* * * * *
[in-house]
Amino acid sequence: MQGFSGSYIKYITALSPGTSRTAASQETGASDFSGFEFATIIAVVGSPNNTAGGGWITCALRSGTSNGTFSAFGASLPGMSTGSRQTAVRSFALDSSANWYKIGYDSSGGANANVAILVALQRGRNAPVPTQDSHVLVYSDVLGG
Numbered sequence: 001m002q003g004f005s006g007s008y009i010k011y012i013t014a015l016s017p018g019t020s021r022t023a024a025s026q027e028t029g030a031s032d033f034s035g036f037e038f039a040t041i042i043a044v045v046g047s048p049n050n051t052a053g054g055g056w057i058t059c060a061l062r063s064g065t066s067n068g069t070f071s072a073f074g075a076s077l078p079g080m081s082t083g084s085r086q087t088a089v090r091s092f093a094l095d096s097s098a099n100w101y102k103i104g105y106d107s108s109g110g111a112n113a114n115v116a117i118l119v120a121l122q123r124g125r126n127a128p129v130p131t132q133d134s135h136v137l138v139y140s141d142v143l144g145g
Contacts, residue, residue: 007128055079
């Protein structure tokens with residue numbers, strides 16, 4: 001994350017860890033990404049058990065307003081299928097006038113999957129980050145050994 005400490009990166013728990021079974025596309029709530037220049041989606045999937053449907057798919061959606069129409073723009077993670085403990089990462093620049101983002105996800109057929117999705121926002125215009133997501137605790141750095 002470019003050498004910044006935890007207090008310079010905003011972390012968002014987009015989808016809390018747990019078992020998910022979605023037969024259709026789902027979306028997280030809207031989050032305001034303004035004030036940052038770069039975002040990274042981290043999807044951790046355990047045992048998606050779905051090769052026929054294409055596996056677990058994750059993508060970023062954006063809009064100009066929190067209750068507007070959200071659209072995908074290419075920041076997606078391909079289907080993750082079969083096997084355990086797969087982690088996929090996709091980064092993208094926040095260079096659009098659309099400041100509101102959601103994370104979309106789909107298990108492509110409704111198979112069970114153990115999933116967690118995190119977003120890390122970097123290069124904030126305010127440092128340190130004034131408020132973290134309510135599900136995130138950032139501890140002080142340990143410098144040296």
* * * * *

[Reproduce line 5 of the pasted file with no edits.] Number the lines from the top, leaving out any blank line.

């Protein structure tokens with residue numbers, strides 16, 4: 001994350017860890033990404049058990065307003081299928097006038113999957129980050145050994 005400490009990166013728990021079974025596309029709530037220049041989606045999937053449907057798919061959606069129409073723009077993670085403990089990462093620049101983002105996800109057929117999705121926002125215009133997501137605790141750095 002470019003050498004910044006935890007207090008310079010905003011972390012968002014987009015989808016809390018747990019078992020998910022979605023037969024259709026789902027979306028997280030809207031989050032305001034303004035004030036940052038770069039975002040990274042981290043999807044951790046355990047045992048998606050779905051090769052026929054294409055596996056677990058994750059993508060970023062954006063809009064100009066929190067209750068507007070959200071659209072995908074290419075920041076997606078391909079289907080993750082079969083096997084355990086797969087982690088996929090996709091980064092993208094926040095260079096659009098659309099400041100509101102959601103994370104979309106789909107298990108492509110409704111198979112069970114153990115999933116967690118995190119977003120890390122970097123290069124904030126305010127440092128340190130004034131408020132973290134309510135599900136995130138950032139501890140002080142340990143410098144040296």